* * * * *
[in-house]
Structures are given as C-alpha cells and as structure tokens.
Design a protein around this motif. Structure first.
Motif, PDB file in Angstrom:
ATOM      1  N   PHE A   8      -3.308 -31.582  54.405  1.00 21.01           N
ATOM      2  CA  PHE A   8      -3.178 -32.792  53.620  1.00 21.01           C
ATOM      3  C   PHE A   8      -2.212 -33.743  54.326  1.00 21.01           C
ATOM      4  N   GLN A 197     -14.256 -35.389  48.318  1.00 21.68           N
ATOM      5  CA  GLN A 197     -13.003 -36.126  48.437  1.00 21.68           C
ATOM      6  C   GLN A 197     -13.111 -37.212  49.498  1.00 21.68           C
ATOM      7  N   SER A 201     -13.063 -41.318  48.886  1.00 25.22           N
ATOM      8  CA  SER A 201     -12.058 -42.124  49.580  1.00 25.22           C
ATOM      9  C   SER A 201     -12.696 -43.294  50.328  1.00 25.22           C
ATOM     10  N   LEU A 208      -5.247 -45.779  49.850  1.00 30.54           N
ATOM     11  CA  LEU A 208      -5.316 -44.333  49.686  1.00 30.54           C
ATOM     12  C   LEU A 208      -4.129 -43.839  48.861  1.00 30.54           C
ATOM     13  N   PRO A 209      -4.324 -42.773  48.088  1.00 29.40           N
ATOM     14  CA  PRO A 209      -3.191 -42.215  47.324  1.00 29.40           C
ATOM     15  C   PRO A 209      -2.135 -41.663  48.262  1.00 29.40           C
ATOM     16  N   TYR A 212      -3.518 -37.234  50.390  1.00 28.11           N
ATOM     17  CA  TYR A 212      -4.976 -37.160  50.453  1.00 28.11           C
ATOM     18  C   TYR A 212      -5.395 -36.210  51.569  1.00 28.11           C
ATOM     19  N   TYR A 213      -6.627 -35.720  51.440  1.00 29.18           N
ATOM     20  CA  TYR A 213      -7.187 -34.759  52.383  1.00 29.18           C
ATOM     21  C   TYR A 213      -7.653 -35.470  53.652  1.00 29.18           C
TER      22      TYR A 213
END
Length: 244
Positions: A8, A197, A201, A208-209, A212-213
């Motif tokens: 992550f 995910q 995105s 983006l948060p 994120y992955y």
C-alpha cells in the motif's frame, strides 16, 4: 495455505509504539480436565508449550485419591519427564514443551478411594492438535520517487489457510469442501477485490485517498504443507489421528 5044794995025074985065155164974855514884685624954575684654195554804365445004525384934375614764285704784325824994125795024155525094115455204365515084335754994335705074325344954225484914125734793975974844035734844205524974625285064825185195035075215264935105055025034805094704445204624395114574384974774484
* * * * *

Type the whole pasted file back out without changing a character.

[in-house]
Structures are given as C-alpha cells and as structure tokens.
Design a protein around this motif. Structure first.
Motif, PDB file in Angstrom:
ATOM      1  N   PHE A   8      -3.308 -31.582  54.405  1.00 21.01           N
ATOM      2  CA  PHE A   8      -3.178 -32.792  53.620  1.00 21.01           C
ATOM      3  C   PHE A   8      -2.212 -33.743  54.326  1.00 21.01           C
ATOM      4  N   GLN A 197     -14.256 -35.389  48.318  1.00 21.68           N
ATOM      5  CA  GLN A 197     -13.003 -36.126  48.437  1.00 21.68           C
ATOM      6  C   GLN A 197     -13.111 -37.212  49.498  1.00 21.68           C
ATOM      7  N   SER A 201     -13.063 -41.318  48.886  1.00 25.22           N
ATOM      8  CA  SER A 201     -12.058 -42.124  49.580  1.00 25.22           C
ATOM      9  C   SER A 201     -12.696 -43.294  50.328  1.00 25.22           C
ATOM     10  N   LEU A 208      -5.247 -45.779  49.850  1.00 30.54           N
ATOM     11  CA  LEU A 208      -5.316 -44.333  49.686  1.00 30.54           C
ATOM     12  C   LEU A 208      -4.129 -43.839  48.861  1.00 30.54           C
ATOM     13  N   PRO A 209      -4.324 -42.773  48.088  1.00 29.40           N
ATOM     14  CA  PRO A 209      -3.191 -42.215  47.324  1.00 29.40           C
ATOM     15  C   PRO A 209      -2.135 -41.663  48.262  1.00 29.40           C
ATOM     16  N   TYR A 212      -3.518 -37.234  50.390  1.00 28.11           N
ATOM     17  CA  TYR A 212      -4.976 -37.160  50.453  1.00 28.11           C
ATOM     18  C   TYR A 212      -5.395 -36.210  51.569  1.00 28.11           C
ATOM     19  N   TYR A 213      -6.627 -35.720  51.440  1.00 29.18           N
ATOM     20  CA  TYR A 213      -7.187 -34.759  52.383  1.00 29.18           C
ATOM     21  C   TYR A 213      -7.653 -35.470  53.652  1.00 29.18           C
TER      22      TYR A 213
END
Length: 244
Positions: A8, A197, A201, A208-209, A212-213
């Motif tokens: 992550f 995910q 995105s 983006l948060p 994120y992955y």
C-alpha cells in the motif's frame, strides 16, 4: 495455505509504539480436565508449550485419591519427564514443551478411594492438535520517487489457510469442501477485490485517498504443507489421528 5044794995025074985065155164974855514884685624954575684654195554804365445004525384934375614764285704784325824994125795024155525094115455204365515084335754994335705074325344954225484914125734793975974844035734844205524974625285064825185195035075215264935105055025034805094704445204624395114574384974774484